Published on the 31st of May, 2016
FIELD VETERINARY REPORT FOR TSAVO MOBILE VET UNIT FOR THE MONTH OF MAY 2016
The month under review remained calm due to recent showers experienced in the ecosystem. Cases reported to the Unit were a lame elephant near Voi River, Grants Gazelle with mange skin infection near Galana River, a snared Buffalo in Rukinga ranch and an injured Cheetah that could not be traced near Ngutuni sanctuary.
CASE#1 RESCUE OF A LEOPARD CUB
Date: 10th May 2016
Location: Mutomo station
Rescue and management
The cub was reported by a community member who was burning charcoal near Kithima village of Mutomo area north of Tsavo East National Park. The cub was rescued by a KWS team based at Mutomo station who later contacted the unit for assistance. The cub was transported to the Northern Park headquarters at Ithumba for airlift to Voi. The Nairobi orphanage indicated it was full and there was no space available to host the cub. Tsavo Trust took in the cub with plans for release back to wild when mature.
CASE#2 REPORTED LAME ELEPHANT NEAR NDOLOLO CAMP, TSAVO EAST
Date: 10th May 2016
Species: Loxodanta Africana
Location: Tsavo east- Ndololo camp
A sub adult lame elephant was reported near Ndololo camp, Tsavo east and upon being traced found to be an old injury that had already healed with no danger to the animal. The leg was deformed at the right knee joint making it shorter than the rest hence the abnormal movement.
CASE#3 REPORT OF GAZELLE WITH MANGE INFECTION
Date: 12th May
Location: Sobo rock, Tsavo East
History and search
The gazelle was seen by a tourist beside the road near Sobo rock on the road along Galana River from Sala gate. She was restless with evident skin lesions covering most of the body. After the report was received the team rushed to the area and searched for it in vain. Several hundreds of gazelles and impalas were surveyed along the Voi, Luggards, Sala and Aruba road and no signs of mange infestation were seen. Mange is a disease caused by Demodectic and Sarcoptic mites which barrow into the skin and causes alopecia and intense irritation. It’s contagious and zoonotic. Further studies will be undertaken to understand the extent of its spread.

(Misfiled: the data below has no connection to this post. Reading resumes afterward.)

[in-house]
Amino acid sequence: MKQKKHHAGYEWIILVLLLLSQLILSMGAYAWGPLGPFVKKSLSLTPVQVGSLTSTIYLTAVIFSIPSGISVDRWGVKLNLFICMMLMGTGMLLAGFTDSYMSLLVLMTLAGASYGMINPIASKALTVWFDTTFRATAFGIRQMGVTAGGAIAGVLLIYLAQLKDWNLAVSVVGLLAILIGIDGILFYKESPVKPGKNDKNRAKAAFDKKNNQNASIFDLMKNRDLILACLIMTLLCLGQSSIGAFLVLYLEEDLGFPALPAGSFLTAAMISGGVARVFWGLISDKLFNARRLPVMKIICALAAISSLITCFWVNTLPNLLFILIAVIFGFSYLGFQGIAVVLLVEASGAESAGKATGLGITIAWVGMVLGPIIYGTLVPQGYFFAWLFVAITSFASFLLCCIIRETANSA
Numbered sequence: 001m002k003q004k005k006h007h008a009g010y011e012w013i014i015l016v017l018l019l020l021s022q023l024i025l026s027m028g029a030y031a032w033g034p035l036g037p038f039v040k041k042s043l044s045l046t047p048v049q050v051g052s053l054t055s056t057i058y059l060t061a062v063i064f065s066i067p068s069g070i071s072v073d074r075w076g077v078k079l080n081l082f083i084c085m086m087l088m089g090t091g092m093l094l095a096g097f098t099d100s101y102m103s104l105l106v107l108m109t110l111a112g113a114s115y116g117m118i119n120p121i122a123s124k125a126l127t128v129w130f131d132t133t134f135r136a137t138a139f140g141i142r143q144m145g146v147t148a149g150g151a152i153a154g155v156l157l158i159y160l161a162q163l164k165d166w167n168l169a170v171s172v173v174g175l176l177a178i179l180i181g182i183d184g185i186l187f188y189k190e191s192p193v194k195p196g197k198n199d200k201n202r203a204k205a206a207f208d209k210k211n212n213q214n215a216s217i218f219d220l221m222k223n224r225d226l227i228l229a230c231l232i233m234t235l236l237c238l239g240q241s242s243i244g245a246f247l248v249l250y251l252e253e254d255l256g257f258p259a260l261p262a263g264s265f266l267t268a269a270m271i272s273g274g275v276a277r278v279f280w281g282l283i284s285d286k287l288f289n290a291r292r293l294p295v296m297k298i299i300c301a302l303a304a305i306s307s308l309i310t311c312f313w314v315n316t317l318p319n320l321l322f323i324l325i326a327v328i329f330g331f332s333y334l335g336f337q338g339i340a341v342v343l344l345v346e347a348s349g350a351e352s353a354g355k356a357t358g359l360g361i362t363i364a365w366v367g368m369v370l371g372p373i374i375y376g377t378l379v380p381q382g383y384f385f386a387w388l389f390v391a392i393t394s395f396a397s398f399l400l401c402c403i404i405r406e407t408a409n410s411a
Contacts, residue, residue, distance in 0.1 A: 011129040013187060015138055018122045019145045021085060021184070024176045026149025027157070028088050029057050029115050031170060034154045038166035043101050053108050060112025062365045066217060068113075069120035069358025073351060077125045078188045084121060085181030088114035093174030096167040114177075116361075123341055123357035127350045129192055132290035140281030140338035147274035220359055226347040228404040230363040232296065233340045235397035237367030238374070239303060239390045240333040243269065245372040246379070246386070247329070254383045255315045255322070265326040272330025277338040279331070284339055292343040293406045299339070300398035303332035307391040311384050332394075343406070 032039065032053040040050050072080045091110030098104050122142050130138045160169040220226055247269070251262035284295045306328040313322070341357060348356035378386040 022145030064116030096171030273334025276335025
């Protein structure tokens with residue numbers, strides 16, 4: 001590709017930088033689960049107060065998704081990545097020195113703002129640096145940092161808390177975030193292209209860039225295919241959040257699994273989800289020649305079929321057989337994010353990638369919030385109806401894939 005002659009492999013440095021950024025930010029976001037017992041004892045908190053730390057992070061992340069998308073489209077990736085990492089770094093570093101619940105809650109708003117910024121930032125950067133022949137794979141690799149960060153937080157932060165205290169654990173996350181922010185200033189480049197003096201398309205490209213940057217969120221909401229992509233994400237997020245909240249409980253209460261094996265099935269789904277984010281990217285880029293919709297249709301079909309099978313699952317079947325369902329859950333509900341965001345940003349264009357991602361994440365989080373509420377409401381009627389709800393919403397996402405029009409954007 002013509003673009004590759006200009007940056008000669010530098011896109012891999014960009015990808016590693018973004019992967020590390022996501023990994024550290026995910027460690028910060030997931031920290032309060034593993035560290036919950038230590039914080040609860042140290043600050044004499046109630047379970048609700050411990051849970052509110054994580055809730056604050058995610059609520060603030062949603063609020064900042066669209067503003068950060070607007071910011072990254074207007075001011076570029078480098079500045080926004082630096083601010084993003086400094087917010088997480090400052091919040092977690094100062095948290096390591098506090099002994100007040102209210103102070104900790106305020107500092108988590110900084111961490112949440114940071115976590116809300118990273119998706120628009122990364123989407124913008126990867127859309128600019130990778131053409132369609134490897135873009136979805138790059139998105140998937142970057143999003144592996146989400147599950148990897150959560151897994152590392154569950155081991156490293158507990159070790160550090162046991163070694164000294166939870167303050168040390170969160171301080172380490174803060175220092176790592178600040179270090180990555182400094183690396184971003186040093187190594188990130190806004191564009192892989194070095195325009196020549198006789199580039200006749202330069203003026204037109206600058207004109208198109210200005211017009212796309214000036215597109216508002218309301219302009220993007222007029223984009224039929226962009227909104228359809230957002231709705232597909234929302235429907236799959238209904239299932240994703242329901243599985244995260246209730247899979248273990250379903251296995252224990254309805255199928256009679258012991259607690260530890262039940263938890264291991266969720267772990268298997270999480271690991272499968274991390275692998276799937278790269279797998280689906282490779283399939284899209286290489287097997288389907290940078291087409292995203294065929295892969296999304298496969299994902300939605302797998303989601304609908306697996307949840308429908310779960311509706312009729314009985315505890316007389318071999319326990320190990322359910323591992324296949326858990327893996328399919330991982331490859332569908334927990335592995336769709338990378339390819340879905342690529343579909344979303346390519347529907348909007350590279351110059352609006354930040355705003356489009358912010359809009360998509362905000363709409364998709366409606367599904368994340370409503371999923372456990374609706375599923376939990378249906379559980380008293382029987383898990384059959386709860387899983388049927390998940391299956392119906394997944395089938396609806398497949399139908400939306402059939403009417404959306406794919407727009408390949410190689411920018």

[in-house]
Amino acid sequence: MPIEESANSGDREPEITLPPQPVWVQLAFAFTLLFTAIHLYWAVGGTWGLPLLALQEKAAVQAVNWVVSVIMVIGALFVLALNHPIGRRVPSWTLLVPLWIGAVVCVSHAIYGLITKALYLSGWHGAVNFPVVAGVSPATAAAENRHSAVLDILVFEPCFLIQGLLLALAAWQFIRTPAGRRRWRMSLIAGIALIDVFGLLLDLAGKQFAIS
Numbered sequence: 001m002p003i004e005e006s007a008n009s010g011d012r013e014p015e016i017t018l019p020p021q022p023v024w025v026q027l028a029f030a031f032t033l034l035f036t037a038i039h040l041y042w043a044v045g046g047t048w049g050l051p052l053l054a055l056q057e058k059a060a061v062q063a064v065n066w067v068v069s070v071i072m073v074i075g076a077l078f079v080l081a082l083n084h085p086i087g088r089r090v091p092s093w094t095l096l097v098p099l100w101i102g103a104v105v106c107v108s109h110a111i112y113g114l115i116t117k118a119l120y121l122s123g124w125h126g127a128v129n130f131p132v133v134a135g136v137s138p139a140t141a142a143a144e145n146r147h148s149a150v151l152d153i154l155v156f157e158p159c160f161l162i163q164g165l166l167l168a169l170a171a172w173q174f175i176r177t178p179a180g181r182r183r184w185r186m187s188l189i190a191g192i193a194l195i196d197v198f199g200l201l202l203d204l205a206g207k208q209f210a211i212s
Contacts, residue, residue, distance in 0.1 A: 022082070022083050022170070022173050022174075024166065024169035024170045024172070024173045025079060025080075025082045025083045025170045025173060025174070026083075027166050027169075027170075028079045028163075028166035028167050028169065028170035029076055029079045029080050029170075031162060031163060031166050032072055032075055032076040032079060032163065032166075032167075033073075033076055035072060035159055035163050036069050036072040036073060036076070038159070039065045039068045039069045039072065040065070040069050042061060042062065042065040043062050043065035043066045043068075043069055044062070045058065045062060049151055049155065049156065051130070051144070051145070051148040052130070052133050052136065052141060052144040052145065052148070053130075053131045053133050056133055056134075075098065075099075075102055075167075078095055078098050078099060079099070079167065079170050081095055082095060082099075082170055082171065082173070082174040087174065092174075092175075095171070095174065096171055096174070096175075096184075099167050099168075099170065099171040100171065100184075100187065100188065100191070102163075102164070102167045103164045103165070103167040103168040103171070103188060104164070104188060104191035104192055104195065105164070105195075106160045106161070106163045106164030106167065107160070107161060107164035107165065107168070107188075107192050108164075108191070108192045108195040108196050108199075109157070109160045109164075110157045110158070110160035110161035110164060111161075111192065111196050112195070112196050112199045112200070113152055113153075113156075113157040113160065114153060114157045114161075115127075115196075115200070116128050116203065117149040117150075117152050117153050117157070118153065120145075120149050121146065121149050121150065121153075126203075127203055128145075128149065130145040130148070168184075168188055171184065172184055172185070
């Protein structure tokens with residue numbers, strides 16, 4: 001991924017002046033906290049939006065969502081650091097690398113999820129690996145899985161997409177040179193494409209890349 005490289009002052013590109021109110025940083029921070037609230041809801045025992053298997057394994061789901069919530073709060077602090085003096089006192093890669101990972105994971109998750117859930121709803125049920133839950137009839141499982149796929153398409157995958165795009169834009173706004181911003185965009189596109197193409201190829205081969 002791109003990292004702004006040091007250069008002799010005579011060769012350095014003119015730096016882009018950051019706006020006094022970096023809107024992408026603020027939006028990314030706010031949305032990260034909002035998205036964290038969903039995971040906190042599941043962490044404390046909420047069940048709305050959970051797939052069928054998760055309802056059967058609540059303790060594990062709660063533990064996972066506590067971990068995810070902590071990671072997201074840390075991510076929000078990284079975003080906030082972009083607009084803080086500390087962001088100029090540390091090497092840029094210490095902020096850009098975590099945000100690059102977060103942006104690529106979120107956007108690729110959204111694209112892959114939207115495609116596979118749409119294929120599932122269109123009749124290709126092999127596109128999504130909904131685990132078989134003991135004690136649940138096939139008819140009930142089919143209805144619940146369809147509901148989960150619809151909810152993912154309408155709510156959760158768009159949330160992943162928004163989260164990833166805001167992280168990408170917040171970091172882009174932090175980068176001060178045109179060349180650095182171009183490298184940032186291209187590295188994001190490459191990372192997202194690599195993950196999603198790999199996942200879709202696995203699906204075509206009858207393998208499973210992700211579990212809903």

CASE#4 DESNARING OF A BUFFALO
Date: 12th May 2016
Location: Rukinga ranch
A report was received from the Rukinga ranch regarding a snared Buffalo in the ranch. The team rushed to the area to find the snared Buffalo struggling to free itself with the rest of the herd had moved away.
Immobilization, examination and treatment
The buffalo was immobilized using 4 mgs of Etorphine mixed with 50 mgs of Xylazine using a dan-inject dart from a dan-inject dart gun and it went down in 5 minutes. The strong wire snare was removed and the wounds around the base of the horns treated. The buffalo was administered with Dexamethasone Hcl and long acting antibiotic parenterally.
The anaesthesia was reversed using Diprenorphine at three times the Etorphine dose and 0.5cc of Atipemazole Hcl both IV through the jugular vein. The Buffalo woke up and ran into the bushes.
Prognosis is good.
Other cases reported
EXPERT COURT TESTIMONY AT MALINDI COURT
The vet was bonded to testify in a case involving persons arrested with ivory at Malindi court. This is after examining the trophies and producing an expert report.
The unit would like to appreciate the support of its sponsors ViER PFOTEN through the David Sheldrick Wildlife Trust (DSWT) for their continued support. We also thank Kenya Wildlife Service through the Assistant director Tsavo conservation area and the head, veterinary and capture services department for their immense support to the unit.